• You will wait (patiently) by the postbox to receive the final information needed along with an activation code - this could take up to 14 days
  • Once you have this, re-open your activation email and follow the link to the Portal. Follow the link prompt for activating and first login in procedures.
  • This process will generate an e-certificate. This software based certificate is crucial to keep as it essentially is your electronic signature and will be requested at various points, specifically logging in (yes, it is VERY different from WHEREVER you are from!)


This concludes the registration process. Next, you’ll need to be certain of what declarations you’ll need to be making. This will depend on weather you are a ‘Freelancer’ which is know as Freiberuflich or alternatively, your work type could fall under Tradesperson or Business, or Gewerbetreibende. The German government has provided definitions for freelance professions based on specific income tax law, and it can be handy to further verify what kind of self-employment classification you should be focused on obtaining - and therefore, what declarations you are liable for. There are three key taxes: Income Tax, VAT and Trade Tax. All of these require separate declarations. You will also need to have clear documentation regarding your health and social insurances/payments when you are submitting your declarations. Be sure you have a comprehensive definition for yourself and business practices so you do all the necessary declarations, and don’t do any unnecessary ones either.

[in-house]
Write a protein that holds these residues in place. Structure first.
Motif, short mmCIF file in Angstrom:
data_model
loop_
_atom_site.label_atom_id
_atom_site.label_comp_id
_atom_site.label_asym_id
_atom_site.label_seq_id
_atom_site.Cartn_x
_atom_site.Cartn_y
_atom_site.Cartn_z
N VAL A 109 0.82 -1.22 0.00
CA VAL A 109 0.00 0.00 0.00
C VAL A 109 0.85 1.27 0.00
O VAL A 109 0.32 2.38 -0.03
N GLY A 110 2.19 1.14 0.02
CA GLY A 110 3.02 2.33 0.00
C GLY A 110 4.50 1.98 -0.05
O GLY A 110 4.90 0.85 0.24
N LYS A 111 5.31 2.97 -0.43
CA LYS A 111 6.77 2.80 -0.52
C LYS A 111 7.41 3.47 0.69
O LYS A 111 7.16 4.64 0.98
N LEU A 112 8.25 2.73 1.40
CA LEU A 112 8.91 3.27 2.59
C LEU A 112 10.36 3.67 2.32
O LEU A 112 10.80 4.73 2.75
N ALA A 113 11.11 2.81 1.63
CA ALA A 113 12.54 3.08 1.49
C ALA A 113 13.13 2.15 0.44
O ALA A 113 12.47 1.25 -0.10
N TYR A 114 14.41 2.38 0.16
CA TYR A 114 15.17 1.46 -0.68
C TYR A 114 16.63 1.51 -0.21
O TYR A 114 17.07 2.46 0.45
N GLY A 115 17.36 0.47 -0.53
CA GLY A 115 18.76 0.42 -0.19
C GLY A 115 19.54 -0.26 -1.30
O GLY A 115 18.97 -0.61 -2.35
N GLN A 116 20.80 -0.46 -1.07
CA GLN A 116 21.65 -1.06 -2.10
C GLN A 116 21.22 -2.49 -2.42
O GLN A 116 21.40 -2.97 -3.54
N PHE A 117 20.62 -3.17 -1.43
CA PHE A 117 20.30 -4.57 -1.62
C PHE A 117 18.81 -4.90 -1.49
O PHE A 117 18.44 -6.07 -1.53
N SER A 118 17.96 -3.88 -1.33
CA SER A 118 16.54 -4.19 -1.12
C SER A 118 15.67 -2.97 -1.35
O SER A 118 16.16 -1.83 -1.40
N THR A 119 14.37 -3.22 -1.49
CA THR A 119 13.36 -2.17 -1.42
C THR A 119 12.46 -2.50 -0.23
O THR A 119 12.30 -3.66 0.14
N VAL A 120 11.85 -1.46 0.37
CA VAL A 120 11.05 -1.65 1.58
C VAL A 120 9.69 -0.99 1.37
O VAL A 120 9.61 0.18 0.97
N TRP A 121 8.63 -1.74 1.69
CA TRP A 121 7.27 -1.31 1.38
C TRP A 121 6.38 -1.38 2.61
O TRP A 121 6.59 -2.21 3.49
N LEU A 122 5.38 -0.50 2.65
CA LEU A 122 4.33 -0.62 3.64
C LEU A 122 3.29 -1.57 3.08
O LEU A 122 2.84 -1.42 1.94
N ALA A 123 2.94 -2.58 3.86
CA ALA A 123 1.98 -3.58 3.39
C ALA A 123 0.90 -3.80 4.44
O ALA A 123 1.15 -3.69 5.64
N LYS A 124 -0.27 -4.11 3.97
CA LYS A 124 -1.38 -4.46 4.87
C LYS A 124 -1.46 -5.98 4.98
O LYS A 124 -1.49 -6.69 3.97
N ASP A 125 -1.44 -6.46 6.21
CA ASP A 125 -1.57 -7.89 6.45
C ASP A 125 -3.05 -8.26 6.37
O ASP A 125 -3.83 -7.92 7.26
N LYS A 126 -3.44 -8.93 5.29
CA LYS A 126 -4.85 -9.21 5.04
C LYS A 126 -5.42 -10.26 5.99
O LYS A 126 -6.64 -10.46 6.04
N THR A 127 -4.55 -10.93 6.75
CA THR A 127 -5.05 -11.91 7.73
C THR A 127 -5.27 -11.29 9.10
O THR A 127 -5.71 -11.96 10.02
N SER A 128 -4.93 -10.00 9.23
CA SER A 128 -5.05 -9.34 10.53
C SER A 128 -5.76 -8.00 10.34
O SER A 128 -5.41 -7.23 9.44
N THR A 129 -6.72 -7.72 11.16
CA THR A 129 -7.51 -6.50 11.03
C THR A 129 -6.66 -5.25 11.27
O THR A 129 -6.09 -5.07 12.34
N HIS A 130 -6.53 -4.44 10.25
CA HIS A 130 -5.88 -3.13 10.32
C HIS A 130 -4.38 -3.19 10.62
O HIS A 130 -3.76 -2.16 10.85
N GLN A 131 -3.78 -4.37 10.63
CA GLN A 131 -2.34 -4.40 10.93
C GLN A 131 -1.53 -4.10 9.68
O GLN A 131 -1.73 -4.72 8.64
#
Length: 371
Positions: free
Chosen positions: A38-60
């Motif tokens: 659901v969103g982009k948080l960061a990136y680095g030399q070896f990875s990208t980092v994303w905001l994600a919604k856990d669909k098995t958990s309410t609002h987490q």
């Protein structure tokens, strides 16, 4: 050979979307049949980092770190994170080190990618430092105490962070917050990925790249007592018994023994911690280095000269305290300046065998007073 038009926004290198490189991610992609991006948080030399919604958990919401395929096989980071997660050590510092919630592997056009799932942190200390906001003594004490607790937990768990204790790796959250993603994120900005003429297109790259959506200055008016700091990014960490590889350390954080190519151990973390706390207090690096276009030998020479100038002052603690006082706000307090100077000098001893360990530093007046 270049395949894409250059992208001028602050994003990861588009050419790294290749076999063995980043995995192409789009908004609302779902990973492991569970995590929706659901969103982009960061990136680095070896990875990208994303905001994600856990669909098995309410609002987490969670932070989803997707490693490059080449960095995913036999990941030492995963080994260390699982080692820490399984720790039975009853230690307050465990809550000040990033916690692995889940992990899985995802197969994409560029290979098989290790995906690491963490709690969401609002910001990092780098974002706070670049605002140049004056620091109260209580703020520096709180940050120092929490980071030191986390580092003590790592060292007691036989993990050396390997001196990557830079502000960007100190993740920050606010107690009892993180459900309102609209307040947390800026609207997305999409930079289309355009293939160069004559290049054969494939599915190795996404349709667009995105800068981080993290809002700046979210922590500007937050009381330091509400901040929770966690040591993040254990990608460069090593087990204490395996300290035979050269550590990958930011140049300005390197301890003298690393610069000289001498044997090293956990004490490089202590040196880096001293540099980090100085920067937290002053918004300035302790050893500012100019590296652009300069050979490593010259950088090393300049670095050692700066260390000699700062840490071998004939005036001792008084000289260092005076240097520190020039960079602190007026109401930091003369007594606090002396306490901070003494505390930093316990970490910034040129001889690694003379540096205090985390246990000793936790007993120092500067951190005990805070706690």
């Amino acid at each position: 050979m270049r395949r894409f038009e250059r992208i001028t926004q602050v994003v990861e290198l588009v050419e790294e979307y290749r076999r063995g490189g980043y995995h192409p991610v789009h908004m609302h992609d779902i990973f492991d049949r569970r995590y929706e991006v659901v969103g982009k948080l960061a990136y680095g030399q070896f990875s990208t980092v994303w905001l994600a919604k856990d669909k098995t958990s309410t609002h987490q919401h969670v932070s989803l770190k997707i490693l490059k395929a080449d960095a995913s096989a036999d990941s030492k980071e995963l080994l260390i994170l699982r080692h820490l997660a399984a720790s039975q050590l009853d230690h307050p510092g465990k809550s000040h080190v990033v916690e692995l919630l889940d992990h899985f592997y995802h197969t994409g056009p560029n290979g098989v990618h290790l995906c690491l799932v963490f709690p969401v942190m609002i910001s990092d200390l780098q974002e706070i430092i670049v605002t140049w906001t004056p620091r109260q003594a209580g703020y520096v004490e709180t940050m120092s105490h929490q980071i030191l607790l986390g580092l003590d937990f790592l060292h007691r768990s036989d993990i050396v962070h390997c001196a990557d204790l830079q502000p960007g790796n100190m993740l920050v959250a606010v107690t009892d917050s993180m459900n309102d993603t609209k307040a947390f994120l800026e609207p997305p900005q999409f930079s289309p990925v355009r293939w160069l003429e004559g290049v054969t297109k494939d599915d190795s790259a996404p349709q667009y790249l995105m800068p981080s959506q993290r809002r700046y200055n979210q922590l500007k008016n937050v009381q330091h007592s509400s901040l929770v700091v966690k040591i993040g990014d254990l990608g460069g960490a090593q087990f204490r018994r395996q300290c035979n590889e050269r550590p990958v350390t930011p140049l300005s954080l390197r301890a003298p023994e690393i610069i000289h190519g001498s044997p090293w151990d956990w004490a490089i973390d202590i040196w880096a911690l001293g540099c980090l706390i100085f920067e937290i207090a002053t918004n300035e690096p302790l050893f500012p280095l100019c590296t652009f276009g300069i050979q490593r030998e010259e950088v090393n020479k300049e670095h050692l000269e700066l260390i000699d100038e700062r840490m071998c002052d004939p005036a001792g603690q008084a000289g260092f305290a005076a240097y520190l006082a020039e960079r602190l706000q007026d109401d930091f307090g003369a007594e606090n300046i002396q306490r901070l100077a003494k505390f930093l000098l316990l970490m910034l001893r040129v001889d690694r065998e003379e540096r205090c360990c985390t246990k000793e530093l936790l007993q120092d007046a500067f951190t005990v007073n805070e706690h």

And that, dedicated freelancers reading to this point, are the foundations for beginning with ELSTER. It would be remiss not to consider how vastly different and perceivably more difficult the German system is. However, you can rest assured, as with anything from your craft to your life - as long as you take the time to be educated and practice it consistently - it will become a part of a habit: managing your financial affairs as a freelancer in Germany. Needless to say at this point, it is serious business in Europe’s largest economy and the wisest certainly learn sooner rather than later, sticking to the rules and keeping on top of your game is the fastest and easiest way to a stress free freelancer life!

In the case some of the information was new to you, be sure to revise the process of getting started as a freelancer in Berlin, how the German tax year differs from your home country and what is due, when and ensure you know how to keep records for the ever practical *Finanzamt*. In the event you need urgent assistance, please consult a Steuerberater. For those wanting to know more about specific declaration guidelines for VAT and Personal Tax, stay tuned on the Kontist blog as these are topics we will be sure to cover in the near future. In the meantime, can one say, happy taxing? Yes! There can be happy outcomes from doing your tax, so happy taxing!